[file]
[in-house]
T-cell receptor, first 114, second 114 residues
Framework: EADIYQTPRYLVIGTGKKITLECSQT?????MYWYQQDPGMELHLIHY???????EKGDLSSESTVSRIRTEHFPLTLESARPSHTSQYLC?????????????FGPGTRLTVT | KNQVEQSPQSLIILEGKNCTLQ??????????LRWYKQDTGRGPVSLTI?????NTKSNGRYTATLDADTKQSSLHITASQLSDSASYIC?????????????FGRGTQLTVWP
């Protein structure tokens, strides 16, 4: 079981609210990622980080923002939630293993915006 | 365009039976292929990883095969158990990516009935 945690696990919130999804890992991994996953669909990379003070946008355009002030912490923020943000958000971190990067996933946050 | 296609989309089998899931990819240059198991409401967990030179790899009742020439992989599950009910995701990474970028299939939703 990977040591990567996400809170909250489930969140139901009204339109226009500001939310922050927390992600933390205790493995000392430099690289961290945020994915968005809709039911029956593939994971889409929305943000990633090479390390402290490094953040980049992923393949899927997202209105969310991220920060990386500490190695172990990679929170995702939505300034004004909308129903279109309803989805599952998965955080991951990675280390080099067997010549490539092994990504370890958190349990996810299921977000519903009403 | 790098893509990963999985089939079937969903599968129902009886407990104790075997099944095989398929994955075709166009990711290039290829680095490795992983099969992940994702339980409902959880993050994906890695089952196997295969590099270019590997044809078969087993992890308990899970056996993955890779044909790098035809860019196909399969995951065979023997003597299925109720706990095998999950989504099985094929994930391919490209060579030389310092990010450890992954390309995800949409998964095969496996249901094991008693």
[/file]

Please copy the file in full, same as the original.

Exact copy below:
[in-house]
T-cell receptor, first 114, second 114 residues
Framework: EADIYQTPRYLVIGTGKKITLECSQT?????MYWYQQDPGMELHLIHY???????EKGDLSSESTVSRIRTEHFPLTLESARPSHTSQYLC?????????????FGPGTRLTVT | KNQVEQSPQSLIILEGKNCTLQ??????????LRWYKQDTGRGPVSLTI?????NTKSNGRYTATLDADTKQSSLHITASQLSDSASYIC?????????????FGRGTQLTVWP
């Protein structure tokens, strides 16, 4: 079981609210990622980080923002939630293993915006 | 365009039976292929990883095969158990990516009935 945690696990919130999804890992991994996953669909990379003070946008355009002030912490923020943000958000971190990067996933946050 | 296609989309089998899931990819240059198991409401967990030179790899009742020439992989599950009910995701990474970028299939939703 990977040591990567996400809170909250489930969140139901009204339109226009500001939310922050927390992600933390205790493995000392430099690289961290945020994915968005809709039911029956593939994971889409929305943000990633090479390390402290490094953040980049992923393949899927997202209105969310991220920060990386500490190695172990990679929170995702939505300034004004909308129903279109309803989805599952998965955080991951990675280390080099067997010549490539092994990504370890958190349990996810299921977000519903009403 | 790098893509990963999985089939079937969903599968129902009886407990104790075997099944095989398929994955075709166009990711290039290829680095490795992983099969992940994702339980409902959880993050994906890695089952196997295969590099270019590997044809078969087993992890308990899970056996993955890779044909790098035809860019196909399969995951065979023997003597299925109720706990095998999950989504099985094929994930391919490209060579030389310092990010450890992954390309995800949409998964095969496996249901094991008693």